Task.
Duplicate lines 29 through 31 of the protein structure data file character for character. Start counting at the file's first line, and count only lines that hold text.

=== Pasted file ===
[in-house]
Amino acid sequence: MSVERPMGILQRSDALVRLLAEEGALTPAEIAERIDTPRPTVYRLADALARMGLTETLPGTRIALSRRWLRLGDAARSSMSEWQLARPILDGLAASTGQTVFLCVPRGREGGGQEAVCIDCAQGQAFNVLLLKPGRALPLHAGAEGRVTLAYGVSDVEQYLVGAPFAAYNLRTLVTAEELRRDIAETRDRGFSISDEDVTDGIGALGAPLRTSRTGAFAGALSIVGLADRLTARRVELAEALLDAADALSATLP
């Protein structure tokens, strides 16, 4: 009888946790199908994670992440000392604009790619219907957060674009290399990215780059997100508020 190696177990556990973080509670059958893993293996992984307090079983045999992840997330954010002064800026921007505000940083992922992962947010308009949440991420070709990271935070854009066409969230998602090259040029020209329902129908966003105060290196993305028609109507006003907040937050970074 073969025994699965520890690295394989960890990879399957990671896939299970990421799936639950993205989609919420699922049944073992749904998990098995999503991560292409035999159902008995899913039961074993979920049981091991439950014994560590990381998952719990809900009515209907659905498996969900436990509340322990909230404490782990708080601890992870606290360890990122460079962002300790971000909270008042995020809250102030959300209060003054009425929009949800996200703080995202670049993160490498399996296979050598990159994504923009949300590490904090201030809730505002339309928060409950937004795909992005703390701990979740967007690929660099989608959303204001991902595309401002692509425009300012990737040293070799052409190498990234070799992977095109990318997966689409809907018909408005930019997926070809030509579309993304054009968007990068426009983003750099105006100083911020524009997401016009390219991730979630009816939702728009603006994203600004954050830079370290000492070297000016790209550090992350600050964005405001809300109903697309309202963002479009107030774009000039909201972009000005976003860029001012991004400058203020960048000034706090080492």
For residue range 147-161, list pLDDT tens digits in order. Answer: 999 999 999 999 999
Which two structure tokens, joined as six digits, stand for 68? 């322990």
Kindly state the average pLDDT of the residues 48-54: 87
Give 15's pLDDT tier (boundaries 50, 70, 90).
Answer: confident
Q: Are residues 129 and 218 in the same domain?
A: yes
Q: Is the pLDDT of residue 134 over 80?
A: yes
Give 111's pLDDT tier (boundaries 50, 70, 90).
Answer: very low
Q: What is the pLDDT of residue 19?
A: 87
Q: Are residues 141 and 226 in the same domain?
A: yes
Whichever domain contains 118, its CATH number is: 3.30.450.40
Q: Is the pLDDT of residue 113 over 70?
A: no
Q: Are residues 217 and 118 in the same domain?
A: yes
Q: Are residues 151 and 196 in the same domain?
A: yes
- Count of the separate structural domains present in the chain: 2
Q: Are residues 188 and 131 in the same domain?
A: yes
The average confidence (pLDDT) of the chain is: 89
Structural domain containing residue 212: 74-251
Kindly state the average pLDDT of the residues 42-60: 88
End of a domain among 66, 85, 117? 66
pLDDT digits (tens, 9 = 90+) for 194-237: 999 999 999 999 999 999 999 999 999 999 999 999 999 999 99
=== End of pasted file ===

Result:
The average confidence (pLDDT) of the chain is: 89
Structural domain containing residue 212: 74-251
Kindly state the average pLDDT of the residues 42-60: 88